Rnd 3: Ch 4 – counts as dc + 1. (Dc in the top of the next ch-space, ch 1) 5 times.

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Before joining the end of this round, take your stone and slip it into the net, bottom centered against the middle of the motif. Join Rnd 3 to the 3rd ch of beginning ch-4 with a slip stitch, making sure to tighten securely. The net of the motif should be stretched almost to the top of the stone. Tug it into place, keeping the center of the motif aligned with the bottom.

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Rnd 4: Ch 1. (Single crochet in the next ch-1 space) 6 times. Join with a slip stitch to the first sc of the round.

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You should have a ring of 6 sc at the very top of your stone. Skip 2 stitches. Insert your hook in the next stitch, work a sc. *** In the bar at the side of the single crochet stitch (the outside loop, at the base) insert your hook and draw up loop. Yo and draw through two loops on the hook – 1 double chain stitch made. For a photo-tutorial on the Double Chain stitch, click here.

***If you prefer to work regular chain stitches for the cord, skip the rest of the paragraph. I prefer double chain as it is sturdier, prettier, and more elastic.

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Double chain 120 – 150 stitches (depending on how long you want your cord to be – just make sure it will fit over your head) and join back at the base stitch without twisting. This forms your cord. Cut yarn.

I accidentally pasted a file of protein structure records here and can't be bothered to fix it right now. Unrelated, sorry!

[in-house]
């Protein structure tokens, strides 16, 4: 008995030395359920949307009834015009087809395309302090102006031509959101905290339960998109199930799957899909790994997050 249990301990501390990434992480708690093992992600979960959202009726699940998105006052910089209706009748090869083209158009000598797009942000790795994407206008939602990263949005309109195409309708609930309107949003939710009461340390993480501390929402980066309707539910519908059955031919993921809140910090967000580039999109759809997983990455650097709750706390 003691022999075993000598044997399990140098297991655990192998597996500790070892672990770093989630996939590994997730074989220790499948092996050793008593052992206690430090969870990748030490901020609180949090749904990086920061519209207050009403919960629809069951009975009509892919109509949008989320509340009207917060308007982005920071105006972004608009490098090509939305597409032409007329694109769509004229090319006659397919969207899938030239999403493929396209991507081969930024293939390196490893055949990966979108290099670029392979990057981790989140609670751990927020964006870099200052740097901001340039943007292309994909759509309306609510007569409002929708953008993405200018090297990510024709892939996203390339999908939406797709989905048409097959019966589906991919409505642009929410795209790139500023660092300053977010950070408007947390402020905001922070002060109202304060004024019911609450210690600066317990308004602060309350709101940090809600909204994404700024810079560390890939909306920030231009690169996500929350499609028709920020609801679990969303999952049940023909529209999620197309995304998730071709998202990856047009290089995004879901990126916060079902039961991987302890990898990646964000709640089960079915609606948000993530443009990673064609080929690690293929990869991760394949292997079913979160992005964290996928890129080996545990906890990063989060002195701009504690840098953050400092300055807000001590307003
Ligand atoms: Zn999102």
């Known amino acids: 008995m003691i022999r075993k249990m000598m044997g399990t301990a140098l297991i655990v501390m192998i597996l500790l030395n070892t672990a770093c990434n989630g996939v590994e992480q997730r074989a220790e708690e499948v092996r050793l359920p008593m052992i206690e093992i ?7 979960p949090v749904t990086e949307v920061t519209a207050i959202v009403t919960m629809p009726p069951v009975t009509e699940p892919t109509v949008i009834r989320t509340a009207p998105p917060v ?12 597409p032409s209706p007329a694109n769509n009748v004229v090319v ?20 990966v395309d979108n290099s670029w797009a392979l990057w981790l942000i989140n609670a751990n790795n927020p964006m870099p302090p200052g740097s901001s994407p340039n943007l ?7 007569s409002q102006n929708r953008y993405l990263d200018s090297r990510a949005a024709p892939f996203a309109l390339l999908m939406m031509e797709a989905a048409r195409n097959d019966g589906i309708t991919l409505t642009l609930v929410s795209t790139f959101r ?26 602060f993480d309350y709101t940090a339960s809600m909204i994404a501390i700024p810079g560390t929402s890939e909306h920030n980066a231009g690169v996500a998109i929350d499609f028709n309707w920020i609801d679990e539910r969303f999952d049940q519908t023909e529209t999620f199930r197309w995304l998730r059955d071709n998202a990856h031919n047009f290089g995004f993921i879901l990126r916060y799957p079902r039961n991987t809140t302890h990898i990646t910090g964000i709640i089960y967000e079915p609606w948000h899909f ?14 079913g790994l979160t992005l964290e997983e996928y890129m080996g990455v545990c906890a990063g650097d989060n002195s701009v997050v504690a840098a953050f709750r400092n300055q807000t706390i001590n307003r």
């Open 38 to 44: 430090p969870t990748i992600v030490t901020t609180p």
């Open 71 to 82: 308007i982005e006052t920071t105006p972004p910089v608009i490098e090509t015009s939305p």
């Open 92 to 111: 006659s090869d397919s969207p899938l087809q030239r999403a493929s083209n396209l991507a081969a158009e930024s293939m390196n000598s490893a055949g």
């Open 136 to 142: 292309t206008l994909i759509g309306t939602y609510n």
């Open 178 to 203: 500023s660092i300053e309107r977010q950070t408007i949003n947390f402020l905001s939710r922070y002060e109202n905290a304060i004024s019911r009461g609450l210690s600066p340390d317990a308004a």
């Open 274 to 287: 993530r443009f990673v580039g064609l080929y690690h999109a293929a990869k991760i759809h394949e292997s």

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Move to the base of your stone, where you left the long beginning tail hanging. Thread your embroidery needle or tapestry needle with this tail and sew on your charm or beads.

 

Weave in your tails with a tapestry or embroidery needle and you’re finished! This is a beautiful way to keepsake stones from your travels or from places special to you.
I made my next one with a similar weight yarn but smaller hook, and a beach stone…

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And after that I felt confident enough to move on to using Lizbeth size 20 crochet and tatting thread and the dreaded 2.10 hook.

Be careful… these might become addictive.

 

Crochet Stone 15

-MF

The Sweet and the Sass

 

Recycled Sweater Yarn shawl 2

Yep, used to be a boring, unwanted, lonely, sad white sweater. Don’t get me wrong, it’s not that sweaters aren’t good enough. Some of my best friends are sweaters. But I could see this sweater was suffering, yearning for a transformation, wanting desperately to better itself.

So I pulled out the lovely yarn (a cotton / wool / synthetic blend) and dyed it in a self-striping colorway, which I have named “Silk and Cherrywood” because the soft, delicate tones remind me of a fancy, old-timey boudoir.

Thinking about how long I spent on this gives me the vapors.

Givin’ me the vapors!

I lightly freestyled Make My Day Creative’s “Atlantic Lace Shawl” pattern, a wonderful free pattern that I featured in my Spring Scarves Pattern Gallery.

The color change lengths came out almost perfectly for this particular pattern, not too patchy as I feared (I don’t usually like that “camo” look in variegated yarns). I also happened to already have beads that matched! Joy!

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-MF